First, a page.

Lets take a look at the top causes of fatalities in diving:
- Poor Health
Common examples include obesity, heart disease, high blood pressure, breathing difficulties (temporary or chronic), a general lack of fitness, pre-existing injuries and dehydration.
74% of fatal cases involved overweight, obese, or morbidly obese divers.
15% involved divers with known high blood pressure or heart
- Procedural problems
According to a DAN report, common problems include buoyancy control, rapid ascents, missed decompression stops, general skill limitations, ear equalization problems, and, most critically, failing to properly monitor the air supply, resulting in low-on-air or out-of-air situations.
26% of all the procedural problems that lead to death were involving an emergency ascent
In 14% of those cases insufficient gas supply was the triggering event
- Environmental issues
Rapidly changing open-water environments can be dangerous for divers who are unprepared, out of practice, inexperienced, or incapable of adapting to changes.
- Equipment problems
While equipment failures account for relatively few fatalities, they are one of the most predictable, and most easily managed.
7.5% of fatalities involved Buoyancy Control issues.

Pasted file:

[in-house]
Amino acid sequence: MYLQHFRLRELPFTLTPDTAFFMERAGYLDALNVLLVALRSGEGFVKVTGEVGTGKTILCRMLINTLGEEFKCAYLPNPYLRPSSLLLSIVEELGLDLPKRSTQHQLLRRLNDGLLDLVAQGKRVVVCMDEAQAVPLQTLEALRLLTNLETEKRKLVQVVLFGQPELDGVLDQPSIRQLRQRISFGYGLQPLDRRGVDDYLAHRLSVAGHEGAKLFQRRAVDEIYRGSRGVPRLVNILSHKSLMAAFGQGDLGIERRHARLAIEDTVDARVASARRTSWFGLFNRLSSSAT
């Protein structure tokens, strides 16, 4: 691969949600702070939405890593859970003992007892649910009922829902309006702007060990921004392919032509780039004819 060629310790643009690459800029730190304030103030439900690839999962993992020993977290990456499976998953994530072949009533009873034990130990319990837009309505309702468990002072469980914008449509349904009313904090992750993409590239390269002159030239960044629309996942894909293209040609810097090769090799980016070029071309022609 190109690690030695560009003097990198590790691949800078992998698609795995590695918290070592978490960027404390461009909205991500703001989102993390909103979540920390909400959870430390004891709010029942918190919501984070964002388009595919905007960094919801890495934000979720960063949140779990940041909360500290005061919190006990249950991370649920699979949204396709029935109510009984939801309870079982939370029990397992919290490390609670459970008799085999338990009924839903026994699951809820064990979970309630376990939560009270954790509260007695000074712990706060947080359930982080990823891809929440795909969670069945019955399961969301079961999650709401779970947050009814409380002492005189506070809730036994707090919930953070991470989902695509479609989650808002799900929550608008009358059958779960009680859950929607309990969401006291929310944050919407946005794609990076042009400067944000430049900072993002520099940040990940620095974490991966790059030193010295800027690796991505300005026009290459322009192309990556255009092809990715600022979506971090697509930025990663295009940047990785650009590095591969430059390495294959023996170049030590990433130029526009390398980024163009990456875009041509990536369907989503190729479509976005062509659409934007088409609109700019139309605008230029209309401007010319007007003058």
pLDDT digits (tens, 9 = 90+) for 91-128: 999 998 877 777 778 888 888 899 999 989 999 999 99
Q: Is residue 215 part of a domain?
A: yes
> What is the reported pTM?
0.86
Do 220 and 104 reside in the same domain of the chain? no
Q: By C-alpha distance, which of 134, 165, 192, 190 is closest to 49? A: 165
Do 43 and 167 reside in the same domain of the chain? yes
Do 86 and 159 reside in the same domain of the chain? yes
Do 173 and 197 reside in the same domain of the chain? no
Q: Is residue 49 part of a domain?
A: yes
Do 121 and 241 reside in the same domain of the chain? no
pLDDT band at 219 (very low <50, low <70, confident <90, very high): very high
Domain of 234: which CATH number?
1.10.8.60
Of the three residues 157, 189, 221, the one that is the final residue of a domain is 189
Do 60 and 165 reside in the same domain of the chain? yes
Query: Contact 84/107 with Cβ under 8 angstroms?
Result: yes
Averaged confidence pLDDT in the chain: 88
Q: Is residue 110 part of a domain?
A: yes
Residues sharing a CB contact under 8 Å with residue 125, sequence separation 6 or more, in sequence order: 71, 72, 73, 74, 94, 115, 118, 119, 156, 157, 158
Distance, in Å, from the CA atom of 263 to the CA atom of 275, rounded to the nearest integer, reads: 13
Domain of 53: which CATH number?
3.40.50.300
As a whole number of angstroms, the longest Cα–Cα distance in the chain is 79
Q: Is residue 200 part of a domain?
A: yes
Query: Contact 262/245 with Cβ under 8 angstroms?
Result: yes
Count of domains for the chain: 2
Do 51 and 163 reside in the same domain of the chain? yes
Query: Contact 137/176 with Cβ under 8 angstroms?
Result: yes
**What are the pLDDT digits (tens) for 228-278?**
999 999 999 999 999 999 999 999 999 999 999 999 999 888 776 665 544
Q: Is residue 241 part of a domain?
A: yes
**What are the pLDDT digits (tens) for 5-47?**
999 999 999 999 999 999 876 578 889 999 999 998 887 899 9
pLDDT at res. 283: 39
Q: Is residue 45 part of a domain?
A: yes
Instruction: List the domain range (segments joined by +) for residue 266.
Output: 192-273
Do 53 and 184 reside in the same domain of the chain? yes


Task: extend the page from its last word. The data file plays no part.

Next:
6% involved regulator issues.
5% involved weight systems.
Diving just as any sport involves risk. To minimize these risks proper training and adherence to procedures is vital. A balanced diet and regular exercise are not only important for your health, they are important in diving as well. Worldwide PADI certified 936,149 students last year. With millions of people participating in diving around the world it is important to not only to know how to take care of yourself, but to be able to help others as well. During the PADI Rescue course, divers learn to prevent, and if necessary, manage emergencies with a variety of techniques. It is the most important continuing education class; all divers should consider training up to this level.
This week at Oceans, 3 Divemaster candidates are completing their rescue course prerequisite. After a full day of bookwork and exams, they spent one morning in the pool preparing for open water scenarios. Yesterday, they completed the first part of the open-water requirements. Today they are out on the boat again. When they return we will have 3 new Rescue divers! Congratulations and thank you for continuing your education to be responsible divers!
Here’s a sneak peak at the them working hard near Isla Largo: